This is not an endorsement of the capricious, smoke-&-mirrors, whimsical, vaporware, hype, bells and whistles, and/or pretentious shiny objects… but the realization that effective design integrates cognition and emotion to better serve, engage and delight.
Last but not least, there is a need for acknowledging the long road, good work and efforts of the Service Design 2019 team for what turned out to be an excellent conference. Thanks again to: Marisa White, Principal Analyst; Max Ribitzky, VP Partnerships; Aubrey Wells, Partnerships Director; Montana Byrd, Senior Event Coordinator; Michael Mechaly, Audience Development Manager; and Regina Vargas, Marketing Associate.
“Hyper-focused on both the evolving digital landscape and the ‘design doing’ of creating excellent products & experiences, Digital Product by Design acknowledges that the creation of digital products extends far beyond UX & Engineering”
“In all cases, next generation product development requires a multifaceted approach to consistently deliver Excellent Digital Products”
Digital Product be Design 2019 #DigiProd2019
I would first like to thank CMP and Marisa White, Principal Analyst, for the opportunity to participate in this year’s Digital Product by Design conference, which was held in Los Angeles just a couple of weeks ago.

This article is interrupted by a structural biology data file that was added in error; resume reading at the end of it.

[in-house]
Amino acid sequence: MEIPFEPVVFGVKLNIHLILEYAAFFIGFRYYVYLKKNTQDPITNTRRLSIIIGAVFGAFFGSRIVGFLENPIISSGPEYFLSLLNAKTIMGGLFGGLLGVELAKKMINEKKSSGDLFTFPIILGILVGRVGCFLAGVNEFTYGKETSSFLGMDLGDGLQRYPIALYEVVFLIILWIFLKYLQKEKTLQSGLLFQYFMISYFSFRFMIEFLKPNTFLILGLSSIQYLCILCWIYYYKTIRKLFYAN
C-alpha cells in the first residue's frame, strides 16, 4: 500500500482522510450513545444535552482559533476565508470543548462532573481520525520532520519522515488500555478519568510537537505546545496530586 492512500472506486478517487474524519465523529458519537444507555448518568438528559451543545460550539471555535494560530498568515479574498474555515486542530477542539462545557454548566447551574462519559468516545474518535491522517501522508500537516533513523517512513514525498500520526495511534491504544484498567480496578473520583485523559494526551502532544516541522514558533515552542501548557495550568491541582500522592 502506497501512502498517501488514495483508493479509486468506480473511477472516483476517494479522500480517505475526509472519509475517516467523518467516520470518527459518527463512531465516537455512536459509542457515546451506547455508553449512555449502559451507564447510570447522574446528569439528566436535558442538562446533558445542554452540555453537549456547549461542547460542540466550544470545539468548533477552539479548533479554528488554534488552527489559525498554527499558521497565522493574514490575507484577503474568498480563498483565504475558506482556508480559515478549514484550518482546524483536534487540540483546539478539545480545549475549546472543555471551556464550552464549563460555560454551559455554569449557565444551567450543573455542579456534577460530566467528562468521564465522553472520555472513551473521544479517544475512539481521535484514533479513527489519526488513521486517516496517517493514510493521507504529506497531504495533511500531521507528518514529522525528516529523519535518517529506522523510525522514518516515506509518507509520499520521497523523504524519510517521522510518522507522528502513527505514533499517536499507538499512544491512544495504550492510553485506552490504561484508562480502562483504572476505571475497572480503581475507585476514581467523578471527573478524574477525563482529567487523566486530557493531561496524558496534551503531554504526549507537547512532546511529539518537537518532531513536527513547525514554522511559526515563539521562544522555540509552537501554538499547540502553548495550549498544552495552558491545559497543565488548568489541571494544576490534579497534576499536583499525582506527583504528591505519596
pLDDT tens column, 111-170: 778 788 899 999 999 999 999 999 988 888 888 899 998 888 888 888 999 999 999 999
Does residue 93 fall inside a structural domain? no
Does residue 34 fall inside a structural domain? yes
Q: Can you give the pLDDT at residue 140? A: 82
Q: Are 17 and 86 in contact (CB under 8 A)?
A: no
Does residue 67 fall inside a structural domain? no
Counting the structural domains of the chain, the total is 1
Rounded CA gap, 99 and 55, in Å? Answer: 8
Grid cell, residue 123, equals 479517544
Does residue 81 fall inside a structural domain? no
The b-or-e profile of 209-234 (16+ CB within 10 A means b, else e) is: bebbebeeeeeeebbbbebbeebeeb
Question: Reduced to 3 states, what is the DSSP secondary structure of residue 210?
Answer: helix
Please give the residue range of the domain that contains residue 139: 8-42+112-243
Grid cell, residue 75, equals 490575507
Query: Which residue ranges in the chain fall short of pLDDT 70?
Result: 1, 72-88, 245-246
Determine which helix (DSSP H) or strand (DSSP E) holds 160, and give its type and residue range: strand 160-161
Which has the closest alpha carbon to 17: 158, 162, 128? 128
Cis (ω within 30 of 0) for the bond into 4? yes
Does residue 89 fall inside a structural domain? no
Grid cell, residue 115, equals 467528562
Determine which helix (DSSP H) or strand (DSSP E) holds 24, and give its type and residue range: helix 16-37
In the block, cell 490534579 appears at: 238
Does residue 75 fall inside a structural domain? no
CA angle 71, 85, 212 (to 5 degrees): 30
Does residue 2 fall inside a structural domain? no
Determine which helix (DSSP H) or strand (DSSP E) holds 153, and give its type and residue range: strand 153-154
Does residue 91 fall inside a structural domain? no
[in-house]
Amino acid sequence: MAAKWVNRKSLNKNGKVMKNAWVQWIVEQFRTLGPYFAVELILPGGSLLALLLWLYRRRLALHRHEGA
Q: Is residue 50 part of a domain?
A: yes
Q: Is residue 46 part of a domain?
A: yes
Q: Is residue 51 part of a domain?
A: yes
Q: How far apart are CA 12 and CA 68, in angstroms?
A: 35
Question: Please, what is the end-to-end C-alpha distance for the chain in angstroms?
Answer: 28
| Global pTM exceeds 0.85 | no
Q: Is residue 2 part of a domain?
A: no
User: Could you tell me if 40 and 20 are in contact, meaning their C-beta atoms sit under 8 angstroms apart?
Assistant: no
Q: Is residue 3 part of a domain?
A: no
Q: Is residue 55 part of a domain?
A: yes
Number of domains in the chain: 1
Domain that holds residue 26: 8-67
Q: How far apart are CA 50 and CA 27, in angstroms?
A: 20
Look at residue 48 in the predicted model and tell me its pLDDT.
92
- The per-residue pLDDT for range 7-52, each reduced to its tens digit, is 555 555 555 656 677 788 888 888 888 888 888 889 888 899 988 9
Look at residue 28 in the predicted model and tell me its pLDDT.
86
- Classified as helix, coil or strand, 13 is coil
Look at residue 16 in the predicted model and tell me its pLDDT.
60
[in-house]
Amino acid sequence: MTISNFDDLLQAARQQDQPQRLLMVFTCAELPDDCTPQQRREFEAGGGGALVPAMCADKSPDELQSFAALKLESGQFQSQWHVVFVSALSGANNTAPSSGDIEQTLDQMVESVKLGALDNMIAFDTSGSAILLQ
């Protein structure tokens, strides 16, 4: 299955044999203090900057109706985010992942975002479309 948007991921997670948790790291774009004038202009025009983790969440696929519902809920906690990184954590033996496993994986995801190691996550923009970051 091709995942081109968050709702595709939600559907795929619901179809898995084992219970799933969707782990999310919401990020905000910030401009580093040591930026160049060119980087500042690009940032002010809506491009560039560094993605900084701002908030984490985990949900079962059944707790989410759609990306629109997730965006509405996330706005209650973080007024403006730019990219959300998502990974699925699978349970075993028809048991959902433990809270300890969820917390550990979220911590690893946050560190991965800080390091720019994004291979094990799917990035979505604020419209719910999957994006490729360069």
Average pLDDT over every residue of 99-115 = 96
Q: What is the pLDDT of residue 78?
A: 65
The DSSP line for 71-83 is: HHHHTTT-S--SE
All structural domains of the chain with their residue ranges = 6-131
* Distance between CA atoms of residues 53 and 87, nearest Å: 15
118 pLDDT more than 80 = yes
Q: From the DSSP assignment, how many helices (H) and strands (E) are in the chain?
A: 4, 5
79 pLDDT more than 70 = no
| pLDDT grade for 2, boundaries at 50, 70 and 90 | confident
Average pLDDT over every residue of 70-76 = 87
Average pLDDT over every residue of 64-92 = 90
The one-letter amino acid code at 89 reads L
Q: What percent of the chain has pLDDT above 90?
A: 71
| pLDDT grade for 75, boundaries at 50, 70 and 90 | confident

My involvement started earlier in the year as an Advisory Board member for the Design & Innovation‘s think tank, which also covers Design Thinking, Experience Design and Service Design conference series. Additionally a lengthy personal interview was featured as a three-part blog in the months gearing up to the event:
- Part 1 – What is Human Centered Design
- Part 2 – Maturity to Digital & Design
- Part 3 – Human Centered Design as a Priority
I am also glad to share that my talk, “How To Apply Human Factors to Emerging Technologies” (below) was scheduled as the event’s first session. My presentation introduced a primer on QXbD, Quality Experiences by Design, which also positions the Studio’s model relevance in this line of work.
On subsequent days I joined the conference’s Design Leadership Panel (above photo) and hosted a roundtable discussion on “How to Scale Up and Down in Conjunction with Business Requirements“.
Digital Product by Design 2019 was attended by senior leaders across a wide variety of corporate functions and industries. That is a reflection of the fact that:
- digitalization’s pervasiveness is leaving no sector untouched because digital experiences have already become the new normal rather than an experimental fringe
- digital transformation initiatives remain at top the C-suite’s agenda, though challenges abound and success remains elusive for many… culture being the issue
- compelling service experiences involve a mix of low and high tech, and even our most common daily products can now be connected and highly interactive